Records -- Using them as JPA entities and validating them with Bean Validation

Gunnar Morling gunnar at
Tue Apr 10 14:56:43 UTC 2018

2018-04-10 0:07 GMT+02:00 Brian Goetz <brian.goetz at>:

> First, let me answer the questions embedded here and ask a few more:
>    * Concrete records are final: that'd prevent records to be used for
>> modelling some inheritance hierarchies. While not ideal, I don't think
>> it'd
>> be too big of a problem in practice, as from what I see, oftentimes users
>> try to avoid inheritance in their persistent domain models anyways
> There is a notion of abstract record, but no concrete-to-concrete
> inheritance.

Right, that's what I was referring to above: JPA allows for
concrete-to-concrete inheritance of entities. Such models couldn't use
records as per the current proposal.

> Does JPA rely on runtime-generated proxies?  If so, what does the proxy
> inject into the class?  (In any case, for proxies, finality is a problem.)

Yes, indeed proxies are used in some cases. E.g. when an entity is
configured to lazy-load specific properties, JPA would return a proxy for
the entity, which contains the logic to lazily fetch the property value
upon first invocation of someEntity.someLazyProp().

>    * Custom methods: It's not fully clear to me, whether additional methods
>> would be allowed on records or not; For JPA, that'd be desirable, as users
>> often add methods with entity-specific logic to their entities
> Yes, there's no problem with additional methods, static or otherwise.
>    * Annotation semantics: I couldn't find any example of records with
>> annotations, but IIUC, something like
> There's no problem with annotations, but it's not yet clear how we would
> map annotations on record components to desugared members.  In your example:
>>          @Entity record Book(@Id long id, String isbn) { ... }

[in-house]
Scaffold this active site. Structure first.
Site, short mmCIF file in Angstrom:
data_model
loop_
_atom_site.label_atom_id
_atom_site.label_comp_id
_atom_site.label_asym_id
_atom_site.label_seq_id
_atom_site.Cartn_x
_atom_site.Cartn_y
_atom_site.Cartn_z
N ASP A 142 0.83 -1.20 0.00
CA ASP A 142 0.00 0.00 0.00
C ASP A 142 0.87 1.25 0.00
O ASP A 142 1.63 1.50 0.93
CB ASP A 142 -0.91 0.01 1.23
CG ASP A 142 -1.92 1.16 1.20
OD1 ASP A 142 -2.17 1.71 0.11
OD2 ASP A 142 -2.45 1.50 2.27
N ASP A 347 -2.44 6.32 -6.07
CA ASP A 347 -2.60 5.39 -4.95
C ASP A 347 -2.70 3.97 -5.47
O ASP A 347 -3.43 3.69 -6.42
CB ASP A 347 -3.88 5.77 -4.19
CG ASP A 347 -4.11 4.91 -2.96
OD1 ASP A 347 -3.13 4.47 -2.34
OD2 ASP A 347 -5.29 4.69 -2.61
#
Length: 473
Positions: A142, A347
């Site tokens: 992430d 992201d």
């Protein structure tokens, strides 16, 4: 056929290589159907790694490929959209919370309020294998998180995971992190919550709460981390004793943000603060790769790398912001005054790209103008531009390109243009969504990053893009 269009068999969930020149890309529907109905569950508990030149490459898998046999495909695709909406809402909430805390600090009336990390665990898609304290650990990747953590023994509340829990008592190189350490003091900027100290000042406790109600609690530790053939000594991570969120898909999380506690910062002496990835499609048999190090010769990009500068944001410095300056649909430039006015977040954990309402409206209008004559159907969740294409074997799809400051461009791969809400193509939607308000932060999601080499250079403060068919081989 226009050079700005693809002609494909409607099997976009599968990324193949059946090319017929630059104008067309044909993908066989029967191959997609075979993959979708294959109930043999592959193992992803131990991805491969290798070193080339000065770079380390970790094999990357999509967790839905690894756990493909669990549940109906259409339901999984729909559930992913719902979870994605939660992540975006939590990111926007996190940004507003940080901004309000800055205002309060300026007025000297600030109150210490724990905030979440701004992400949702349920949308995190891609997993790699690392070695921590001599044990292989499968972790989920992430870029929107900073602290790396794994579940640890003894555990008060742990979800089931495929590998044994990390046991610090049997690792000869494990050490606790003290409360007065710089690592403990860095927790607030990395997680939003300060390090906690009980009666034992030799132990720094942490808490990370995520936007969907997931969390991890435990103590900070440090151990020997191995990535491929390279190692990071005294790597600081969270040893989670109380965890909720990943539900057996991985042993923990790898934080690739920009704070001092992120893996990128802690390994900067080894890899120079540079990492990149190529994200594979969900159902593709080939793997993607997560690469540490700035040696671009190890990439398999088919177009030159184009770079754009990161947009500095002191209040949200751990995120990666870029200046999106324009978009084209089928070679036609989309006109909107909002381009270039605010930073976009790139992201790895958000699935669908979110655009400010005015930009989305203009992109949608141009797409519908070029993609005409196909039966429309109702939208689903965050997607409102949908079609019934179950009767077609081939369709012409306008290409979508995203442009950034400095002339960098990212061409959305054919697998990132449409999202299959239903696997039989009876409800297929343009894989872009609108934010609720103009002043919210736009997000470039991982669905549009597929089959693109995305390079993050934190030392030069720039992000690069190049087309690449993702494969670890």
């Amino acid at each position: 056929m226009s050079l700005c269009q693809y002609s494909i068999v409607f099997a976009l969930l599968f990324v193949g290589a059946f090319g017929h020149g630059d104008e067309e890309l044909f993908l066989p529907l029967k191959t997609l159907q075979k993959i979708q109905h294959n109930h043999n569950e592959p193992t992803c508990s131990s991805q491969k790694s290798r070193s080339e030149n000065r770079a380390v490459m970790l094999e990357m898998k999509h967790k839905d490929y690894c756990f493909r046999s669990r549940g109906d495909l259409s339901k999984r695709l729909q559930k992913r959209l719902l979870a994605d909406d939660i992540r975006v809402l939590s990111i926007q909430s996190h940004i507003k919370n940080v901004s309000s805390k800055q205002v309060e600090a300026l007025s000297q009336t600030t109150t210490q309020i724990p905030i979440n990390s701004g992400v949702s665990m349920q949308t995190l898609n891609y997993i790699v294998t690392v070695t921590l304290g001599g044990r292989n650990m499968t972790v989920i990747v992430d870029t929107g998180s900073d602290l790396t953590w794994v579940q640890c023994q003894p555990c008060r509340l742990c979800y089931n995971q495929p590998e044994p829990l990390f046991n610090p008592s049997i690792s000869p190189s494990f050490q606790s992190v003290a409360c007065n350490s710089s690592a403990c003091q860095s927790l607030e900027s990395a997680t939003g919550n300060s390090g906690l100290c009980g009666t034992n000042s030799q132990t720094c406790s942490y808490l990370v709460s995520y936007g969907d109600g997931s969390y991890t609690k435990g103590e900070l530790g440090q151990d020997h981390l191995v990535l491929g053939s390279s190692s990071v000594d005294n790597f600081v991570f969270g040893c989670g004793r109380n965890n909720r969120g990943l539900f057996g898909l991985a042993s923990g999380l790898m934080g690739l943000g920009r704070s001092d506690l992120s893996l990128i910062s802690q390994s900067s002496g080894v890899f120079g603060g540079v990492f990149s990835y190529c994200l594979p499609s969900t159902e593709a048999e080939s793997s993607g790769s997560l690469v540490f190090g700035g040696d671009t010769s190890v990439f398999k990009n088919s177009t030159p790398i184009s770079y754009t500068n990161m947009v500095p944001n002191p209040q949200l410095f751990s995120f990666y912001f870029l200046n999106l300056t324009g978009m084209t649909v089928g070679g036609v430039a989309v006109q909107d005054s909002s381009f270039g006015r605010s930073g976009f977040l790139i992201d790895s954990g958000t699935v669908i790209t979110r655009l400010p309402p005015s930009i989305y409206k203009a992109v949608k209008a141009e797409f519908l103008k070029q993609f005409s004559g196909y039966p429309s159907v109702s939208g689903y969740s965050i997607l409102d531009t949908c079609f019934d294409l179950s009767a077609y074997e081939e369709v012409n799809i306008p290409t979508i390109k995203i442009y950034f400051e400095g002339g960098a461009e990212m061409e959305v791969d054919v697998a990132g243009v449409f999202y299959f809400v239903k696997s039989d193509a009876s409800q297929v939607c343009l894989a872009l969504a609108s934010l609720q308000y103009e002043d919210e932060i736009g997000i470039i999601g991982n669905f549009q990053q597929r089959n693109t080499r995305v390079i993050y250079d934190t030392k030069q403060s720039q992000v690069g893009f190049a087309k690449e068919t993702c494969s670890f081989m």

> would the @Id annotation go onto the field, the constructor argument, or
> the getter?

For JPA, some control would be needed to decide between field or getter
(the location of the @Id annotation determines the default access strategy
to be used by the JPA provider, and a user may wish to use one or the

(Optional) propagation to constructor parameters would be interesting for
Bean Validation, which then could make use of the constraint annotations to
validate constructor invocations.

>   The only justifiable path I can envision would be to map to all of them
> that would be permitted by the @Target of the annotation, which might or
> might not work for your cases.

That wouldn't really work well for the JPA use case, as we'd end up with
the annotations on fields *and* getters, which is at least confusing (not
sure out of my head whether it's not even considered illegal).

One more thing I'm realizing now is that the proposal is to name generated
read accessors fieldName() instead of getFieldName(). The latter is
expected by JPA (currently at least, it might evolve of course).

So overall, as things stand, it appears to me as if it wouldn't really be
beneficial to use records as JPA entities.

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